“CHKN Arena is a brand new creation, inspired by our belief that interactive media and audience participation is the future of entertainment,” said Katapult Studio CEO Kyra Reppen in a statement. “We’re excited about the possibilities opened up by Genvid’s technology that allows us and other developers to bring new content experiences to streamers and their audiences live on Twitch. We look forward to exploring ways to also use Genvid’s YouTube embedded features soon.”
And Japanese indie developer Kengo Nakajima, author of the book “The Tech Behind Cloud Gaming,” is showcasing Space Sweeper with Genvid integration live on Twitch.tv during GDC 2019 for the first time.
During GDC, a version of the game will be played through a cloud streaming instance of Space Sweeper on the Parsec cloud gaming service while participants at GDC will be able to troll the players (or help them!) live through Twitch Extensions using Genvid.
Space Sweeper is a multiplayer action game where players attempt to destroy an infinite number of dangerous creatures and enemies while gathering various resources and unlocking advanced technologies to terraform the massive map. This is no easy feat, and that is where the viewers play their role.
Space Sweeper with Genvid is a new type of game experience for the streaming generation. In an email, Navok called it the “pay2troll” system experiment.
Using Genvid technology, when the game is being streamed on Twitch, viewers are directly affecting the player in the game world. Viewers can help the player by sending items, such as weapons and health, or if they choose, troll players by sending enemies — or worse.
Ultimately, the game won’t be just player versus environment but players versus all Twitch viewers, becoming protagonists or antagonists at their whim.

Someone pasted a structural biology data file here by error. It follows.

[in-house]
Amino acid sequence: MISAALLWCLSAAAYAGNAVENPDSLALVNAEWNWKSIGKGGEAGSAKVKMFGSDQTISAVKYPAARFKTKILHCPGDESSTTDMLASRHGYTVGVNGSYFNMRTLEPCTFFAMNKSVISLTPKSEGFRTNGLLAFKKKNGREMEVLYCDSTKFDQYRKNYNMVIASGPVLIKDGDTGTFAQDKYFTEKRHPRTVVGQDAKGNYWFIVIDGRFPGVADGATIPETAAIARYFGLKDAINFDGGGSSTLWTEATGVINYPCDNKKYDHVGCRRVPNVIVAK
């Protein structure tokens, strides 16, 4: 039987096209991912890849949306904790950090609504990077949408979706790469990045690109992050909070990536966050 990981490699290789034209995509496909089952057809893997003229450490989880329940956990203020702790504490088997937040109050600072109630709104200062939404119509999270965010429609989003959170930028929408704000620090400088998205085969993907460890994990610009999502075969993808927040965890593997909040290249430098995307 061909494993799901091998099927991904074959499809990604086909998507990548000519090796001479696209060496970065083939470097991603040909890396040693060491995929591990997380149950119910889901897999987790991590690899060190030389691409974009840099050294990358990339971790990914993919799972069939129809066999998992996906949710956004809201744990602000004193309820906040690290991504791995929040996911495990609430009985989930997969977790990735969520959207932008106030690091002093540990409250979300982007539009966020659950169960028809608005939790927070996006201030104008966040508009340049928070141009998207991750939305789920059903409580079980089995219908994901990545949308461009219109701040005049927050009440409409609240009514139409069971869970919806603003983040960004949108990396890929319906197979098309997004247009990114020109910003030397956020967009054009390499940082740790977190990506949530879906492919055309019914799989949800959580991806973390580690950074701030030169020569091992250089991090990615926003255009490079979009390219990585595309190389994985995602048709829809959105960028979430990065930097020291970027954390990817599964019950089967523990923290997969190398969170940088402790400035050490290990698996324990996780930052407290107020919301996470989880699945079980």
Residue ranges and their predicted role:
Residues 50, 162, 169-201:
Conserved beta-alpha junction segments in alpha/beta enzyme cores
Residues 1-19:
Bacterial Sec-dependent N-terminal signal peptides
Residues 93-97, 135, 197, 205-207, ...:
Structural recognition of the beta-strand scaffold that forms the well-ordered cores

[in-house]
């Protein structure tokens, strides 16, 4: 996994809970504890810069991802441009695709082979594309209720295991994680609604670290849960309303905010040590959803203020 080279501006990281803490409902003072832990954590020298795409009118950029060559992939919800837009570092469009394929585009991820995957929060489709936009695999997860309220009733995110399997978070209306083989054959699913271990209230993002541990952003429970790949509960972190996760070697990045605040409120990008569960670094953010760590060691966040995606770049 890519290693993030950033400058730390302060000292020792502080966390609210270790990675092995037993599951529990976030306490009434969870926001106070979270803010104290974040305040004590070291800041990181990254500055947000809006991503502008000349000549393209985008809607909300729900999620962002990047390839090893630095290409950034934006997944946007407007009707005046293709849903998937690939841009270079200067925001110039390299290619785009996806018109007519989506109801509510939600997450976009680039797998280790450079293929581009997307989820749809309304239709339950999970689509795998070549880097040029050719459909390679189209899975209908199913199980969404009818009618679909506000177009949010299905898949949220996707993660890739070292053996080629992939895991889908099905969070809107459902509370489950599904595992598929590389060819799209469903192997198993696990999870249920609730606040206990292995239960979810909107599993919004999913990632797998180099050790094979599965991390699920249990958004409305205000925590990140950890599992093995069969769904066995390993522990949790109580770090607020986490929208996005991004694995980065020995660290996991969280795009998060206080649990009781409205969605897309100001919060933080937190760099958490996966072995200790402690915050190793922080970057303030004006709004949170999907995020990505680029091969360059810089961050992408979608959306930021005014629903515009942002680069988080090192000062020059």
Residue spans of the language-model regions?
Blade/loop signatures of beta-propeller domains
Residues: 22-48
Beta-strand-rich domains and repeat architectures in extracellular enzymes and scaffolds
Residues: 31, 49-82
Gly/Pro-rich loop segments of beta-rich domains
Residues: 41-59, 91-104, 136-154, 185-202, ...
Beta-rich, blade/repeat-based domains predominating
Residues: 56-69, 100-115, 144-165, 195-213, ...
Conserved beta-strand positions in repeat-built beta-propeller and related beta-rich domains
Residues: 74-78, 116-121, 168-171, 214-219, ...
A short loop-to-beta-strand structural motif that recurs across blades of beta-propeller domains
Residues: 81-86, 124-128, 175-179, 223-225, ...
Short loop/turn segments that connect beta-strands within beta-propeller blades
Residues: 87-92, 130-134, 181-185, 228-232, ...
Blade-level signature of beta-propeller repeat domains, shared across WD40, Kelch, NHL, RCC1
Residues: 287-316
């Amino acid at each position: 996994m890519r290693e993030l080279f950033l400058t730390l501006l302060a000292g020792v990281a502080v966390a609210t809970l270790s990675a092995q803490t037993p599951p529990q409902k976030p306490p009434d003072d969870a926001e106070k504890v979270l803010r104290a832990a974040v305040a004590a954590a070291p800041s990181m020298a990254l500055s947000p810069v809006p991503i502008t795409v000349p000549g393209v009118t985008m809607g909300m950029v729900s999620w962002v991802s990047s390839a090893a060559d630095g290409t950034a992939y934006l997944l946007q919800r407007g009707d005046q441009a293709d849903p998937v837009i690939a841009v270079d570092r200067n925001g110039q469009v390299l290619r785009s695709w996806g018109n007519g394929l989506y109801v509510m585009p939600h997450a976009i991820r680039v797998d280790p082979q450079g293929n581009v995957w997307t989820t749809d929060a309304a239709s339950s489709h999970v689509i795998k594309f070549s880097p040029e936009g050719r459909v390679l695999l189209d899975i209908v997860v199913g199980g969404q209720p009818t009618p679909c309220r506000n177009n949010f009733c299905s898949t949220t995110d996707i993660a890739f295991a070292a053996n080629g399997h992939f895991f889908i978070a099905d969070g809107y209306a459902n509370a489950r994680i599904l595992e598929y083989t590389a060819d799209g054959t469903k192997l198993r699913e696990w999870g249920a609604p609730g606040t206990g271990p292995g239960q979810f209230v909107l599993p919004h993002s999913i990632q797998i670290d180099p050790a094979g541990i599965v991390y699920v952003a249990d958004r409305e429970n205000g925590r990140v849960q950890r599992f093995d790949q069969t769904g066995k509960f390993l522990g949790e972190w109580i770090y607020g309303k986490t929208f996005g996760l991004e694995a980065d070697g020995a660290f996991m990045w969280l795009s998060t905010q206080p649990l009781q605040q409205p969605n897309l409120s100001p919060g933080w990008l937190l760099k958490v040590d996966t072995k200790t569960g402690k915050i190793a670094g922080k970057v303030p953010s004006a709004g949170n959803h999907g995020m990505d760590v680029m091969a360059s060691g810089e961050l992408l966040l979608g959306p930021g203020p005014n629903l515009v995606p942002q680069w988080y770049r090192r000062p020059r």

“Space Sweeper was built for streaming,” said Nakajima in a statement. “Exploring the relationships between player and viewer is a new frontier for the game industry and I am excited to be on the frontier of what is possible.”
From their vantage on the “mothership,” viewer-participants can pick the spot of the screen they want to send items or enemies to the player. As the player kills enemies, the enemies will spawn particles called Anger Points (APs) that can be directly collected on the Twitch video screen for each viewer. These APs can be used to unlock items from the Item Depot in the upper-middle part of the viewer’s screen. After selecting an unlocked item from the inventory, viewers then can click anywhere in the game world, and that item will be sent to that location in the game in real time.
Space Sweeper will release first as a four-player local co-op mode on Steam later this year. Given the huge amount of moving sprites, the game cannot be synchronized through normal networking technologies; Nakajima is instead utilizing cloud technologies, such as Parsec, to allow up to 32 players to cooperate together.
The cloud allows for ease of increasing the number of players, and when considering time-attack modes, the more who play, the faster and more competitive the game becomes.
“This is the kind of cloud-powered content that excites us, and we are thrilled to be able to support this initiative of cloud gaming and interactive broadcast,” said Parsec CEO Benjy Boxer in a statement. “Developers exploring content unique to Parsec and Genvid can enable new shared interactive experiences.”
Counter-Strike: Global Offensive
StatsHelix and Genvid Technologies are announcing major additions to their already immersive interactive Counter-Strike broadcast experience.
The new esports experience includes the features of the existing CS:GO channel — interactive real-time maps, player statistics, and multiple player POVs — and adds brand new viewer-to-viewer interactions, such as live cheering on the Twitch Extension between viewers (reducing the reliance for team cheering on chaotic chat) and deep-dive player data inside the popular StatsHelix CS:GO map product.
“Face-It’s work with StatsHelix and Genvid at the last major proved that viewers were hungry for rich, interactive esports experiences,” says Face-It chief business officer Michele Attisani in a statement. “We are excited for what the new features will bring to future broadcasts.”